Adapted from a Just One Cookbook recipe
Wife Jan is teaching the Anthropology of Food this semester. She had gotten to the English introducing curry to the Japanese and she thought “Japanese curry, yum!” The Japanese have made this dish their own—it is much milder and sweeter than an Indian curry.
I have made my own version of this dish, but this time I wanted to make an “authentic” version. Whenever I am looking for any Japanese recipes, I start at Just One Cookbook. I pared down her recipe, because I am only feeding three and I am not overly fond of Japanese curry—although Jan and daughter Eilene could live on it.
While some Japanese housewives make their own roux, most use commercial Japanese curry roux—look carefully at the packaging as they come in both hot and medium versions. This “instant curry” mix comes in a tray as a solid block or tablespoon-sized cubes of spice and thickener. You break off enough and add it during the last few minutes of cooking to thicken and spice the curry to your liking.
Note: You may top your curry with a soft boiled egg—Nami uses a simple boiled egg, but I decided to use a seasoned ramen egg—and many Japanese serve a Japanese version of chutney— Fukujinzuke—on the side.
Japanese Chicken Curry チキンカレー
1 lb. boneless skinless chicken thighs
½ tsp. Kosher salt
½ tsp. black pepper, cracked
1 cup short grained Japanese rice
1 medium onion
1 medium carrots
½ tsp. Kosher salt
1 large Yukon gold potatoes
1 Tbs. canola oil
2 cloves garlic, minced
1 Granny Smith or Fuji apple
1 can (14.5 oz.) chicken broth
1 Tbs. honey
1 Tbs. ketchup
1 Tbs. soy sauce
½ Tbs. ginger, cut into slivers
½ box Japanese curry roux (1 box = 7 oz or 200 g)
Fukujinzuke (red pickled daikon)
Note: While the curry is a fairly quick dish to prepare, if you are adding the egg and pickle toppings you should start them several hours before dinner.
1. Cut the chicken into small bite sized pieces and sprinkle them with salt and pepper.
2. Place the chicken into a bowl, cover with plastic wrap and refrigerate for at least half an hour.
3. Rinse the rice and set it to steam 30-40 minutes before serving.
Tip: A rice steamer is very useful. You can prepare the rice and place it in the steamer with the appropriate amount of water. You may then as you are working with your other dishes just reach over, press a button, and your rice will be ready when you are ready for it.
Note: If you do not have one, you may use the original pot to cook your rice. However, if you make rice more than twice a month it is really worth the connivance—set it and forget it. You may buy a small one for less than $20.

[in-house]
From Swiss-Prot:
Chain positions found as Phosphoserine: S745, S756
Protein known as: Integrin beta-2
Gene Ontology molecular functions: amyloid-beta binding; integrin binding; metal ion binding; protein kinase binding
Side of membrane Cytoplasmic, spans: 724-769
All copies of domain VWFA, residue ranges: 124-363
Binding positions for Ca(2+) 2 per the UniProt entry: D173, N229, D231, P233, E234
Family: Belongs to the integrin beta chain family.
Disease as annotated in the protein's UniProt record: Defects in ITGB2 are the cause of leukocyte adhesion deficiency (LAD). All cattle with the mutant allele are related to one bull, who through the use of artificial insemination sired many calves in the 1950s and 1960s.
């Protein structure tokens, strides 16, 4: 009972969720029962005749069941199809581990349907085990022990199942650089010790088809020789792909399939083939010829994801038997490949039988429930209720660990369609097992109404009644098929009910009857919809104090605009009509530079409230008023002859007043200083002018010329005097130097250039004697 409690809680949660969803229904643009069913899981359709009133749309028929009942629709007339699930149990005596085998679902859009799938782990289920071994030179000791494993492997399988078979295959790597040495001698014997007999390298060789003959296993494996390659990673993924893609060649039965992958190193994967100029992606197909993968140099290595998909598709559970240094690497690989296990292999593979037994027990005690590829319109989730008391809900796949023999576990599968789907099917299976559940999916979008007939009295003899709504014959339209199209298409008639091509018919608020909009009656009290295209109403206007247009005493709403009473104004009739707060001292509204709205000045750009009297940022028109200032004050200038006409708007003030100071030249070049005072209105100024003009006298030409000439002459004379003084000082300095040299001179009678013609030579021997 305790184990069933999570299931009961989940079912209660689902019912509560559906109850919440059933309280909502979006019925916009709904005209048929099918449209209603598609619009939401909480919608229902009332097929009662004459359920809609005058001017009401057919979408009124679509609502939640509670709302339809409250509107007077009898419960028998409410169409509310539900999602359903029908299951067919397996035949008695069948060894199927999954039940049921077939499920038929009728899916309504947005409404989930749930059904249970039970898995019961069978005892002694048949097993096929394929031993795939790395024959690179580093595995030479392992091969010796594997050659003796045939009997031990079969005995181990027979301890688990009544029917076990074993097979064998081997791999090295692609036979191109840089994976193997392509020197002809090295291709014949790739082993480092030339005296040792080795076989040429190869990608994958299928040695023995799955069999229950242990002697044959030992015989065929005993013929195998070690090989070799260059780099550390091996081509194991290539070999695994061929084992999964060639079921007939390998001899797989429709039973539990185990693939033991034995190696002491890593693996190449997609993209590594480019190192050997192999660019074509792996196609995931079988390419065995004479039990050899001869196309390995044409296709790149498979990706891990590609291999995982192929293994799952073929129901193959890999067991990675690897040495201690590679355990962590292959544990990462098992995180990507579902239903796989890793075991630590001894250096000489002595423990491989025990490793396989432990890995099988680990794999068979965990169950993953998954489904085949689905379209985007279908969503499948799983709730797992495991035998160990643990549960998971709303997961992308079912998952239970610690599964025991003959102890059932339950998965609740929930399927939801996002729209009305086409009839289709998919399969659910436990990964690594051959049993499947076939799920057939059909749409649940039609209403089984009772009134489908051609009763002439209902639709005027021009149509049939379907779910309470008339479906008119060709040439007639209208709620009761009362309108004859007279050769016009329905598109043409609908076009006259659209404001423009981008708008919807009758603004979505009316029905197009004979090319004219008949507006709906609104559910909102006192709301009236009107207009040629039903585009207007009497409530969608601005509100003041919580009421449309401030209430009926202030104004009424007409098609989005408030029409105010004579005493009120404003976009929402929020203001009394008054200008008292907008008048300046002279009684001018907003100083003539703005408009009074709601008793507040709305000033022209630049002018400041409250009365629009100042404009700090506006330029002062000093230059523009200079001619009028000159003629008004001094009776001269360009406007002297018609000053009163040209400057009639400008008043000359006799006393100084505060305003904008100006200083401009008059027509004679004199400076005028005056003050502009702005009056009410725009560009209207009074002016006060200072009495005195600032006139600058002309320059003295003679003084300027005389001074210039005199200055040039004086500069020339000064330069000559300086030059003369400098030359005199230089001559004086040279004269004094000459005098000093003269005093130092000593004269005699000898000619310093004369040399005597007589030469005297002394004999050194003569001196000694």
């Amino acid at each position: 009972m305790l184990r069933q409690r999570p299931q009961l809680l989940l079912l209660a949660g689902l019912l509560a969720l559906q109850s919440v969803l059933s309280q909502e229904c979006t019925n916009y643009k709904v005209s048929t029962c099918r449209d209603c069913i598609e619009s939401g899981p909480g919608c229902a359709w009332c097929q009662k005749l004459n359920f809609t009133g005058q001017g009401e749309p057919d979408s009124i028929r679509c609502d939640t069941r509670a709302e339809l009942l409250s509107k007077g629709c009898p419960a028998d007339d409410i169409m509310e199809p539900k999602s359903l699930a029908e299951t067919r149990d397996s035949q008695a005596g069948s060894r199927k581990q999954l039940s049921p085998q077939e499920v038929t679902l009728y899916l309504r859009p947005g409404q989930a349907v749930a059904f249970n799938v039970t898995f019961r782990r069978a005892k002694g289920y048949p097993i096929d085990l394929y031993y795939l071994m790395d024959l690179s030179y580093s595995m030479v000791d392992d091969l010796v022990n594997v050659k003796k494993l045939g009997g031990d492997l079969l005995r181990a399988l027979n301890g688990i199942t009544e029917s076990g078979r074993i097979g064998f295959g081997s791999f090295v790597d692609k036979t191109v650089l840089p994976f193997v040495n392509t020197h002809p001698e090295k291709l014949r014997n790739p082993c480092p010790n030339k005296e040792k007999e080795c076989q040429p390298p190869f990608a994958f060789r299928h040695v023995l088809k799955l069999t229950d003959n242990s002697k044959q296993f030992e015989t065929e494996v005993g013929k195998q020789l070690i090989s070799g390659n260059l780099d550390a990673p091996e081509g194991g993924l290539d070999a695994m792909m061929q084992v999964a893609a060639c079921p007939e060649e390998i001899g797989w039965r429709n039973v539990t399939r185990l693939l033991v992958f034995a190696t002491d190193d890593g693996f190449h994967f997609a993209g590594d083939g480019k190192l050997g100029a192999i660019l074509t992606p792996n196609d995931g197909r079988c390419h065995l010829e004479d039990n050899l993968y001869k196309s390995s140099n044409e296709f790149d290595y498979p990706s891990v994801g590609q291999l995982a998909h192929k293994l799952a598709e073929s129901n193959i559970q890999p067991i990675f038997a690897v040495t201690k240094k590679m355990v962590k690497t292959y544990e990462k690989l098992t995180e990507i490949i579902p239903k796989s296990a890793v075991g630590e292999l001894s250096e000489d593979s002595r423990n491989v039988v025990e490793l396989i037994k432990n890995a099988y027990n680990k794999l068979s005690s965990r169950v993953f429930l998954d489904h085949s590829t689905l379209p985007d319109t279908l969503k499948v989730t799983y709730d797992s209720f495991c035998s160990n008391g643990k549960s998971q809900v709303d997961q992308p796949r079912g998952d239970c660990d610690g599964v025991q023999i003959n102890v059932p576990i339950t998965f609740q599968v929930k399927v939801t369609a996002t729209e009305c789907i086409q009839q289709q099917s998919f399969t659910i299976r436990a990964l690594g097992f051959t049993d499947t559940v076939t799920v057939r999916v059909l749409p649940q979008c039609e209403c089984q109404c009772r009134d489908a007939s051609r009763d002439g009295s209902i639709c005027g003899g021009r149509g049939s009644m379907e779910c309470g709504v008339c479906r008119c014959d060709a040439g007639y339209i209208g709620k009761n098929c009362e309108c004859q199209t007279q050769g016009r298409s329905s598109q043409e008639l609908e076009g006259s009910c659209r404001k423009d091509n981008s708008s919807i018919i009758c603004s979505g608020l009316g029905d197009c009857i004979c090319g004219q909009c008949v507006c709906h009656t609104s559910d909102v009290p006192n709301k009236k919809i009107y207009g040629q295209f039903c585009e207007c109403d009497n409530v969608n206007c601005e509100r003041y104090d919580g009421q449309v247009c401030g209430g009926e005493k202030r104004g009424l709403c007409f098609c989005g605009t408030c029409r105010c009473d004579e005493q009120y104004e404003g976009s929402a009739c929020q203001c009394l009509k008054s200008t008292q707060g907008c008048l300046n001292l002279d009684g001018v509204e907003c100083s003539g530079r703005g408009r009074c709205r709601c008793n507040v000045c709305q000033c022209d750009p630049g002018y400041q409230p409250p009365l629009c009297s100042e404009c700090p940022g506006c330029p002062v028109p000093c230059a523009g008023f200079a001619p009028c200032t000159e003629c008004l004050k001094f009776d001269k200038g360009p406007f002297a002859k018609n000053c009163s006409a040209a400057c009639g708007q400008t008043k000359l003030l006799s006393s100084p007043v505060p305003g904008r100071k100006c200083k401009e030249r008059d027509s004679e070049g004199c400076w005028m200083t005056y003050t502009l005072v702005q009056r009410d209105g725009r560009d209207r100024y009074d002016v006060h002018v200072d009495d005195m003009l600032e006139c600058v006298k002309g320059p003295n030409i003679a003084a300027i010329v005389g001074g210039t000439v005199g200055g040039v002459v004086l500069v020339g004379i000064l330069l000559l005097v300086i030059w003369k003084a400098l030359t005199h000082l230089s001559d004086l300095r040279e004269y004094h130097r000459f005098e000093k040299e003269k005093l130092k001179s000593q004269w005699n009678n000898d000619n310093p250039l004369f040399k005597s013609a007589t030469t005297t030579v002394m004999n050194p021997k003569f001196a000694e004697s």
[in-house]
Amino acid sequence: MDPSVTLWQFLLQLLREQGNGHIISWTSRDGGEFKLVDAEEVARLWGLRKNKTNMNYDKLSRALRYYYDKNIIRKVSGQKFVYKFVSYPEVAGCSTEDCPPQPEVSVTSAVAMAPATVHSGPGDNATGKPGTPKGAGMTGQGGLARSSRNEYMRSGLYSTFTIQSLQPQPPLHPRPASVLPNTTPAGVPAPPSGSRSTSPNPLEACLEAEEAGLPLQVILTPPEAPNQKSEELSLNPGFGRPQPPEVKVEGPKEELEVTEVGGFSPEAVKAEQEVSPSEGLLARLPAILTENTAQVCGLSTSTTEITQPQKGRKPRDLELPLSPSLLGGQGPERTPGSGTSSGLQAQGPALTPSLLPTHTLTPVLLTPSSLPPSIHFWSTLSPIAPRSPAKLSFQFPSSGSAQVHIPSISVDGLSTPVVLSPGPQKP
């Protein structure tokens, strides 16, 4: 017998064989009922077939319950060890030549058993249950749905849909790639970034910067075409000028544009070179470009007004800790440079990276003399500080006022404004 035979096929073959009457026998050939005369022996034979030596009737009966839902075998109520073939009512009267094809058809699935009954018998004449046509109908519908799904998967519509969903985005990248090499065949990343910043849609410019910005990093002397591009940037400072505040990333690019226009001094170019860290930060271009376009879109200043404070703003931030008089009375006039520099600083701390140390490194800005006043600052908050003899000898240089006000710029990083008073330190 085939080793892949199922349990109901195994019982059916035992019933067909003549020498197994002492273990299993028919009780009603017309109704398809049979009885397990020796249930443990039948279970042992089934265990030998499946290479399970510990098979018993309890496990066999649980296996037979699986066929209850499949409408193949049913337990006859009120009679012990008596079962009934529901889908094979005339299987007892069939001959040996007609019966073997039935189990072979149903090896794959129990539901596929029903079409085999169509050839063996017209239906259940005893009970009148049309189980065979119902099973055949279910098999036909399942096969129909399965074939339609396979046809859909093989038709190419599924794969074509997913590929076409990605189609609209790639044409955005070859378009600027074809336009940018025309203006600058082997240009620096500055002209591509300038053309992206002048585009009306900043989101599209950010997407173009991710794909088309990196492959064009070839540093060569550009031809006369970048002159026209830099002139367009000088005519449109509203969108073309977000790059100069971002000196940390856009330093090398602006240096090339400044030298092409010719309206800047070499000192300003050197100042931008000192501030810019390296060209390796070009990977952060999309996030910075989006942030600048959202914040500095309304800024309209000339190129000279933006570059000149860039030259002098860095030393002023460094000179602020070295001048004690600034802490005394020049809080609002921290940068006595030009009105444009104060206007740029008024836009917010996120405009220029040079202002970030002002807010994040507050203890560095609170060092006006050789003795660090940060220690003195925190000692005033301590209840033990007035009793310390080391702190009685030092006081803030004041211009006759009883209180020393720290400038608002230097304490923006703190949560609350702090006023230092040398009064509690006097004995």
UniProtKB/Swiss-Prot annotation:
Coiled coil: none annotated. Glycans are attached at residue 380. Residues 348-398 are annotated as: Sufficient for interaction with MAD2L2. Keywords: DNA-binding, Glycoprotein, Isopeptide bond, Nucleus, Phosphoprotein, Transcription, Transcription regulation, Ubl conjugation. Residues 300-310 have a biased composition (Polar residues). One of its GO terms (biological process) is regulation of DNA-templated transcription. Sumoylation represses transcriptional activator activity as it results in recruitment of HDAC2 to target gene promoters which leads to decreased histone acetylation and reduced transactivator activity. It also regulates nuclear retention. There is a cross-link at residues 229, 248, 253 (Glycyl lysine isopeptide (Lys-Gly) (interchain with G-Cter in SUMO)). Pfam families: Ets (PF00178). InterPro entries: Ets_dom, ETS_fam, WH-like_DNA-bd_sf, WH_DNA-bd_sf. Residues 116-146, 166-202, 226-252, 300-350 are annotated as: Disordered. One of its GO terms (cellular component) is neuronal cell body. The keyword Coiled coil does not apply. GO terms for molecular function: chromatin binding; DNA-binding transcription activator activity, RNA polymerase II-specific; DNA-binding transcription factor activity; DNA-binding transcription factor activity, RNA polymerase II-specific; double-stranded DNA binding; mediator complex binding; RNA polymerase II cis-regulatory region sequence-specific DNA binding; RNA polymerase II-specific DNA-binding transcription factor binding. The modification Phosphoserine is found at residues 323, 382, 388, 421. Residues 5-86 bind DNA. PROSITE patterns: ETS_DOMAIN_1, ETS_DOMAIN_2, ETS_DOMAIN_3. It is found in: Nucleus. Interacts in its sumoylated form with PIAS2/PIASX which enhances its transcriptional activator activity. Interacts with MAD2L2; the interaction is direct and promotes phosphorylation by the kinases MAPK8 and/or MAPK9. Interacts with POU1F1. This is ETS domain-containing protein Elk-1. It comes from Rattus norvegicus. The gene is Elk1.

4. Cut the onions into ½ inch pieces.
5. Peel and cut the carrot into ½ inch chunks.
6. Dice the potato into ½ inch chunks.
Tip: I leave the skin on, but you may peel the potato if you prefer.
7. Place the potatoes in a pan, covered in cool water, to keep them from turning brown.
8. Peel and core the apple and place it in the same pan as the potatoes—also to keep them from turning brown.
Tip: Nami uses a Fuji apple, but I like the tartness of Granny Smiths.
Note: Have a box grater handy as you will eventually be grating the apple.
9. Put the oil in a large sauté pan over a medium high heat.
10. Sauté the onions and carrots with the salt until they are translucent, about five minutes.
11. Add the potatoes and continue cooking for another five minutes.
12. Pull the vegetables to the edges of the pan and sauté the garlic until fragrant, about one minute.
12. Grate the apple into the pan and stir the apple and garlic into the vegetables.
13. Add the chicken to the pan and continue cooking until all of the chicken surfaces turn white.
14. Stir in the chicken, honey, ketchup, soy sauce, and ginger.
15. Cover the pan and simmer until the chicken has almost cooked through, about another 5 minutes.
16. Stir in as much of the curry roux as you need to thicken and season your sauce to your liking.
Tip: For this dish I used half of the package, but you may prefer a thicker and spicier curry.
17. Cover and simmer the curry for five more minutes, to meld and thicken.
18. Place some rice in an individual bowl and pour some of the curry over or next to the rice.
19. Top the Japanese curry with the soft boiled egg halves and serve the fukujinzuke on the side to be added as desired by your diners.
Note: The refrigerated ramen eggs will be cold. You may warm them by placing the plastic bag in a bowl of hot water for 2-3 minutes. This will take the chill off the eggs without cooking their yolk any further. You may then cut the eggs and then use them as toppings.
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